Living With Cataracts: Vision Changes That Affect Daily Life

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Do you notice any distortion or haziness in your vision? Are your eyes becoming more sensitive to light? If so, you could be one of the 22 million Americans suffering from cataracts. This disease is the leading cause of blindness in the world. Today, there are more cases of cataract than there are of macular degeneration, diabetic retinopathy, and glaucoma combined. According to Prevent Blindness America, approximately 70 percent of seniors will have cataracts by age 75.

As it clouds the eye’s natural lens, a cataract causes problems that make daily tasks more difficult. While its development is a normal process of aging, it can also come from certain diseases, eye injuries, or medications. Your genes may also play a role in your susceptibility to develop this condition. These are the most common vision changes related to cataracts:

  1. Amplified Sensitivity To Glare

More light helps seniors with poor eyesight see their surroundings clearly, but it could produce more glare for people with cataracts. Reflected light from a hallway with polished floors or simply the bright outdoor sunlight can hurt their eyes and make it difficult to see. Night driving also becomes more challenging for them because of the glare from oncoming headlights.

  1. Need For More Light

A study shows that as we get older, we generally need more light to perform everyday tasks such as writing, reading, and sewing. For people with cataracts, diabetic retinopathy, macular degeneration, or other vision impairments, the light requirement could be as much as three to four times brighter than those who do not have any visual deficiency.

  1. Difficulty In Distinguishing Colors

The lenses of the eyes should be clear and transparent. When you have a cataract, they gradually change color, becoming brownish or yellowish. The cataract that acts like a filter to the eyes prevent patients from distinguishing certain hues, such as black, navy blue, purple, green, and brown. The change in color can also reduce the sharpness of the eyesight.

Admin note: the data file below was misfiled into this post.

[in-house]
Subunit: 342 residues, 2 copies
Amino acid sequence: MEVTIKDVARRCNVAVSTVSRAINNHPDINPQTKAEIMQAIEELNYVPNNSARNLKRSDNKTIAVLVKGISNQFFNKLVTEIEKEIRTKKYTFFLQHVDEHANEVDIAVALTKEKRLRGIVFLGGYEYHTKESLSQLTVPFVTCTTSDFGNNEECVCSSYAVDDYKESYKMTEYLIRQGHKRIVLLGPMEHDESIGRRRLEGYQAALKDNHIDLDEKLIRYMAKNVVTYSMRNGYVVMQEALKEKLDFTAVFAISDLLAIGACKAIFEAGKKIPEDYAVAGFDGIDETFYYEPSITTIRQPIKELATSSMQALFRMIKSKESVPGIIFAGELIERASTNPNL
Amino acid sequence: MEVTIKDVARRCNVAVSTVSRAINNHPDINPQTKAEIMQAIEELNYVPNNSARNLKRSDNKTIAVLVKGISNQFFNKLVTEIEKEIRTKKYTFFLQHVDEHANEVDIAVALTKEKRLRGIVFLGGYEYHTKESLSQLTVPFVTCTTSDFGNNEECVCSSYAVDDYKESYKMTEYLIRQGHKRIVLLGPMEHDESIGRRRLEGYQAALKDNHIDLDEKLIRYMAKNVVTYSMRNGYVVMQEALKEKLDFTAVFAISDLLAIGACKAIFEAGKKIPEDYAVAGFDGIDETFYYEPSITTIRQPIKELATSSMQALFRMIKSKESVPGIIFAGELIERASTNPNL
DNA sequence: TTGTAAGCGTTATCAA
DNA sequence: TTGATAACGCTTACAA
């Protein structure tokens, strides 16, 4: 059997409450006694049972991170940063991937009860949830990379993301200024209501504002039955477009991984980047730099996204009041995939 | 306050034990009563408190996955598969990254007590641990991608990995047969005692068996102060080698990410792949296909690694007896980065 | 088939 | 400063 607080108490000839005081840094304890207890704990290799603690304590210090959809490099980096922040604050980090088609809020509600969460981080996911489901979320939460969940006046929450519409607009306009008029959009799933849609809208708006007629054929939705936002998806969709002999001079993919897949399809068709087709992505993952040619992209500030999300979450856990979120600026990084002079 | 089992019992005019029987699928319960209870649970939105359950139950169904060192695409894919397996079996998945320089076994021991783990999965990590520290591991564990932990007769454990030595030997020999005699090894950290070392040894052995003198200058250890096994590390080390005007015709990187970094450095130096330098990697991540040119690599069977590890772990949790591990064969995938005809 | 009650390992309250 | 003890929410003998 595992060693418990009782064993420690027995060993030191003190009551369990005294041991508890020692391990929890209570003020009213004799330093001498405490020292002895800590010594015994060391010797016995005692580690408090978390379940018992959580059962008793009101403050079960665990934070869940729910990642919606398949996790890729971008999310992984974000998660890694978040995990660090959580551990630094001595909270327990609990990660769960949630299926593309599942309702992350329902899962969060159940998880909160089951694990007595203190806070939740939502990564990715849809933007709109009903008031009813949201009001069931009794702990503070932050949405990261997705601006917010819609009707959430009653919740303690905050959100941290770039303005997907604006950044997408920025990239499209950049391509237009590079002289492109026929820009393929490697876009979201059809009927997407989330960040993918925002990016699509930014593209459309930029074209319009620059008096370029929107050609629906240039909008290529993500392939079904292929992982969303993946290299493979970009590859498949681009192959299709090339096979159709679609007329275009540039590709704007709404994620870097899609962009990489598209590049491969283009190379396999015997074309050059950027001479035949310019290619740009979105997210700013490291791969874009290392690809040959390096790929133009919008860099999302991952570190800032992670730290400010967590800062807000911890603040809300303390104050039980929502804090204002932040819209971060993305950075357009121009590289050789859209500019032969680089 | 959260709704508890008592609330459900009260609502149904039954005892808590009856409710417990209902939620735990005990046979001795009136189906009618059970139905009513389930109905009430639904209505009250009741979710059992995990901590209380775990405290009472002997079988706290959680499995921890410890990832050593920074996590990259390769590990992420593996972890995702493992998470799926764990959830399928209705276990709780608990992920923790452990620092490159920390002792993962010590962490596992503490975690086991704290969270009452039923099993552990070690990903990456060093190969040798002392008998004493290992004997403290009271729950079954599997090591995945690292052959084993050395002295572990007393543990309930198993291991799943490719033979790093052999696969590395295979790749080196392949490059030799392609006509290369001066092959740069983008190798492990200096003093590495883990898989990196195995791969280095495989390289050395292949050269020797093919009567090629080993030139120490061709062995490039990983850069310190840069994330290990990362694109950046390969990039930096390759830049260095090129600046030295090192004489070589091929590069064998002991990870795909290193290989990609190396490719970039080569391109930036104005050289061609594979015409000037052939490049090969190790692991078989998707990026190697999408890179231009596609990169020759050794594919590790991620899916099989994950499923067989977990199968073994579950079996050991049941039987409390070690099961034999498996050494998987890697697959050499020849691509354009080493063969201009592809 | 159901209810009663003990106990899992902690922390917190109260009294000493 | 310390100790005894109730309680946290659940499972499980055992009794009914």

1. Problems With Depth Perception

Cataracts also affect you’re your ability to judge distances accurately. For example, estimating the height of a curb or step, or the depth of a bathtub will now require closer attention. Furthermore, patients may incorrectly interpret shadow and shadow patterns as steps, drop-offs, obstructions, or level changes.

  1. Reduced Ability To Perceive Contrast

People with normal vision are able to clearly see when an object is against a backdrop of the same color – a brown chair against a dark rug or a beige coffee mug on a cream-colored tablecloth, for example. However, those who suffer from cataracts will find this task more difficult as they require an increase in background contrast.

Faces, colors, and objects look cloudy, hazy, and washed out for people with cataracts. This lack of detail and depth perception makes it hard to tell time, read, walk safely, watch television, and even see food on a plate.

If you notice any of these changes, go to an eye care professional to get checked. You may be able to improve your vision for a while using magnification, new glasses, strong bifocals, or other visual aids. You don’t have to resign yourself to the notion that having poor vision is an inevitable part of aging. Among other solutions, cataract surgery is an easy and relatively painless procedure to restore vision. Be sure to explore your options with a specialist.

NOTICE TO USERS is not intended to be a substitute for professional advice, diagnosis, medical treatment, or therapy. Always seek the advice of your physician or qualified health provider with any questions you may have regarding any health symptom or medical condition. Never disregard professional medical advice nor delay in seeking professional advice or treatment because of something you have read on